How Was Olive Oil Made in Ancient Times?

Olive oil has been used for centuries, both as a culinary ingredient and for medicinal purposes. The history of olive oil dates back to ancient times when it was first produced in the Mediterranean region.

The Origin of Olive Oil

The earliest evidence of olive oil production dates back to around 4000 BC in the eastern Mediterranean region. The ancient Egyptians were among the first to use olive oil for medicinal purposes, and it was also used in religious rituals.

How Was Olive Oil Made?

In ancient times, olives were harvested by hand and then crushed using large stone mills. The olives were placed on a flat stone surface and crushed with a heavy stone cylinder. This process would extract the juice from the olives, which was then collected in clay jars.

Pressing

After collecting the juice, it was placed into woven baskets made of reed or hemp. These baskets were then stacked on top of each other with a wooden board between each layer. A press was then applied to the top of the stack, which would extract even more oil from the pulp.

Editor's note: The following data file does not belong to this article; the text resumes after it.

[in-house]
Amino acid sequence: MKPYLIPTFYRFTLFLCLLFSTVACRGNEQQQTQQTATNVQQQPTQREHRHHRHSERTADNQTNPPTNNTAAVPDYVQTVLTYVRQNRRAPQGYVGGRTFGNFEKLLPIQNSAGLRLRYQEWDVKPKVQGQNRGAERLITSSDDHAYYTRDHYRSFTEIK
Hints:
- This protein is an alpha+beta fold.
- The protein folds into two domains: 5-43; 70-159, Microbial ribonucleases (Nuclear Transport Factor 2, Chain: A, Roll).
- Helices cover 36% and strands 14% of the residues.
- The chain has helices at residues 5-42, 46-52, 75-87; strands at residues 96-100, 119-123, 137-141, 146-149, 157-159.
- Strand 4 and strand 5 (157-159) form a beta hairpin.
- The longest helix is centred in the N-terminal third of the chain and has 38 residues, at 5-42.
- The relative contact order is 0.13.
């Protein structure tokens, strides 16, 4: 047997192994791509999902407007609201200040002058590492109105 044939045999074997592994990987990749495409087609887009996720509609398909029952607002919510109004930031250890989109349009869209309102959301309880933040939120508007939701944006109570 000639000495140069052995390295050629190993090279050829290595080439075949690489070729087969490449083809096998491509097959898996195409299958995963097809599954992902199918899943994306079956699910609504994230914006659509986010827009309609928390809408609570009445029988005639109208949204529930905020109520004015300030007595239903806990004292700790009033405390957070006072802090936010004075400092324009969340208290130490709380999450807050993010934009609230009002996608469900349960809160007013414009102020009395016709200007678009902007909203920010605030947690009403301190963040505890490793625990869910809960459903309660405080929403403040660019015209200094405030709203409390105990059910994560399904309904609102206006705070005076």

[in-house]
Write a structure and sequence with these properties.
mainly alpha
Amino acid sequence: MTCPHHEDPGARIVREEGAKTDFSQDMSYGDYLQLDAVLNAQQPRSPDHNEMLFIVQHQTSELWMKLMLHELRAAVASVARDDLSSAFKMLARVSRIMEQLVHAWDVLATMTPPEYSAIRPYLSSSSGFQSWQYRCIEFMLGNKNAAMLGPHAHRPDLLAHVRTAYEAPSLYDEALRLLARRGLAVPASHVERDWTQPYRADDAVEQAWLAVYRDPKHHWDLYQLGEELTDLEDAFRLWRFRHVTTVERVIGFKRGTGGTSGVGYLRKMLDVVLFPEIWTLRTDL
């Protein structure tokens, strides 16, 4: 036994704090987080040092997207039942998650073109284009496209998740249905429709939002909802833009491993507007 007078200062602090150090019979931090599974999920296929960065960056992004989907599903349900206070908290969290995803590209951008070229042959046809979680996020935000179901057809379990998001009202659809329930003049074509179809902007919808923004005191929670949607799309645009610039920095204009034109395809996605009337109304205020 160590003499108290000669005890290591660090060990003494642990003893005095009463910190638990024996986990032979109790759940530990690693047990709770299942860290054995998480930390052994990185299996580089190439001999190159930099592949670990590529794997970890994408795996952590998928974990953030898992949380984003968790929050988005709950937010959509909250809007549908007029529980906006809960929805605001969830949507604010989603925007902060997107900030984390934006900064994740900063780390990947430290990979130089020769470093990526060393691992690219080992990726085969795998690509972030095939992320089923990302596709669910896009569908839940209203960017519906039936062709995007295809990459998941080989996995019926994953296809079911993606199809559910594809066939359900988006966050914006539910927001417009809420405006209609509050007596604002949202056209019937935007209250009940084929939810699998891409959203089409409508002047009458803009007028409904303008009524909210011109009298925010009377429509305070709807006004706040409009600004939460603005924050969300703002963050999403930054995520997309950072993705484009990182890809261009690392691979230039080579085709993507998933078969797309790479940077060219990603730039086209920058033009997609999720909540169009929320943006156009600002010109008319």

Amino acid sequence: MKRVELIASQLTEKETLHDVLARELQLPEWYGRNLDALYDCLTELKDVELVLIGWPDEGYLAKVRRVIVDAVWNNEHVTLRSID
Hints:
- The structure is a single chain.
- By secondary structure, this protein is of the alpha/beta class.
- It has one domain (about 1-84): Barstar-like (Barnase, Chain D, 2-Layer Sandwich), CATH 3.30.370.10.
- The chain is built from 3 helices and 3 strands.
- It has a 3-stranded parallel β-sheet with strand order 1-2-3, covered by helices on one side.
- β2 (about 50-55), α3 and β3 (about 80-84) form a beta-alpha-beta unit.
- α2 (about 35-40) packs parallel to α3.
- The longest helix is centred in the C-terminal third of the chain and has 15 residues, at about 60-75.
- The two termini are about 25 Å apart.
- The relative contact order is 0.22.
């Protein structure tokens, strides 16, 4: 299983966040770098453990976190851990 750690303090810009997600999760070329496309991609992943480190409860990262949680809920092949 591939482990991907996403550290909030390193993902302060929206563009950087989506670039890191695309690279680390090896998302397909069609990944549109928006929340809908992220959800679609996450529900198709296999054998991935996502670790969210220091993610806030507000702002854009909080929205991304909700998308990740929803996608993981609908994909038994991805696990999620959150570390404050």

Separation

Once all of the oil had been extracted from the pulp, it was separated from any remaining water or sediment using a process called decantation. This involved pouring the oil into large vats and allowing it to settle for several days. The clear oil would rise to the top, while any sediment or water would sink to the bottom.

Storage

Finally, once all impurities had been removed, the olive oil was ready for storage. In ancient times, it was stored in large clay jars or amphorae that were sealed with cork or wax to prevent air from entering.

The Importance of Olive Oil in Ancient Times

Olive oil played an important role in ancient Mediterranean culture. It was used for cooking, lighting lamps, and even as a form of currency. In addition, it was highly valued for its medicinal properties and was often used to treat wounds, skin conditions, and digestive issues.

Conclusion

The process of making olive oil in ancient times was a labor-intensive process that required a great deal of skill and patience. However, the end result was a valuable commodity that played an important role in the daily lives of people in the Mediterranean region. Today, olive oil is still highly prized for its culinary and medicinal properties and is produced using modern methods that are more efficient but still honor the tradition of this ancient ingredient.